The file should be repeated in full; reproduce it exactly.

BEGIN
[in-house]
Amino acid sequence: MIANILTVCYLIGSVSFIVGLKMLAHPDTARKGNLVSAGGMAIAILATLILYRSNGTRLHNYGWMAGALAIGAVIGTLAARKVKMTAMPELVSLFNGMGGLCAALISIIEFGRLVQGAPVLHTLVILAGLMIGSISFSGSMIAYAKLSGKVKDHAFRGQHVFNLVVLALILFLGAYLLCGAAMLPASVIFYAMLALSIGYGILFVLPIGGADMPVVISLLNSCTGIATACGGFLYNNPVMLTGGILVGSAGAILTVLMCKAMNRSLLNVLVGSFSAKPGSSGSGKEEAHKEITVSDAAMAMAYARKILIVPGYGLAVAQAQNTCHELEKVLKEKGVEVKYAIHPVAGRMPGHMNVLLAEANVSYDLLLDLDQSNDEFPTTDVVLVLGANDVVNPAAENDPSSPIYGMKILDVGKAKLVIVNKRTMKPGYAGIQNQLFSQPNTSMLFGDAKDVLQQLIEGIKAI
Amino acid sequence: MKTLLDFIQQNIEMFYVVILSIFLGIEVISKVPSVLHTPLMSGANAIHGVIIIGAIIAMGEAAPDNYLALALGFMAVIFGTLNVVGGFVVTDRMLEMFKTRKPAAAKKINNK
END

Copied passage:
[in-house]
Amino acid sequence: MIANILTVCYLIGSVSFIVGLKMLAHPDTARKGNLVSAGGMAIAILATLILYRSNGTRLHNYGWMAGALAIGAVIGTLAARKVKMTAMPELVSLFNGMGGLCAALISIIEFGRLVQGAPVLHTLVILAGLMIGSISFSGSMIAYAKLSGKVKDHAFRGQHVFNLVVLALILFLGAYLLCGAAMLPASVIFYAMLALSIGYGILFVLPIGGADMPVVISLLNSCTGIATACGGFLYNNPVMLTGGILVGSAGAILTVLMCKAMNRSLLNVLVGSFSAKPGSSGSGKEEAHKEITVSDAAMAMAYARKILIVPGYGLAVAQAQNTCHELEKVLKEKGVEVKYAIHPVAGRMPGHMNVLLAEANVSYDLLLDLDQSNDEFPTTDVVLVLGANDVVNPAAENDPSSPIYGMKILDVGKAKLVIVNKRTMKPGYAGIQNQLFSQPNTSMLFGDAKDVLQQLIEGIKAI
Amino acid sequence: MKTLLDFIQQNIEMFYVVILSIFLGIEVISKVPSVLHTPLMSGANAIHGVIIIGAIIAMGEAAPDNYLALALGFMAVIFGTLNVVGGFVVTDRMLEMFKTRKPAAAKKINNK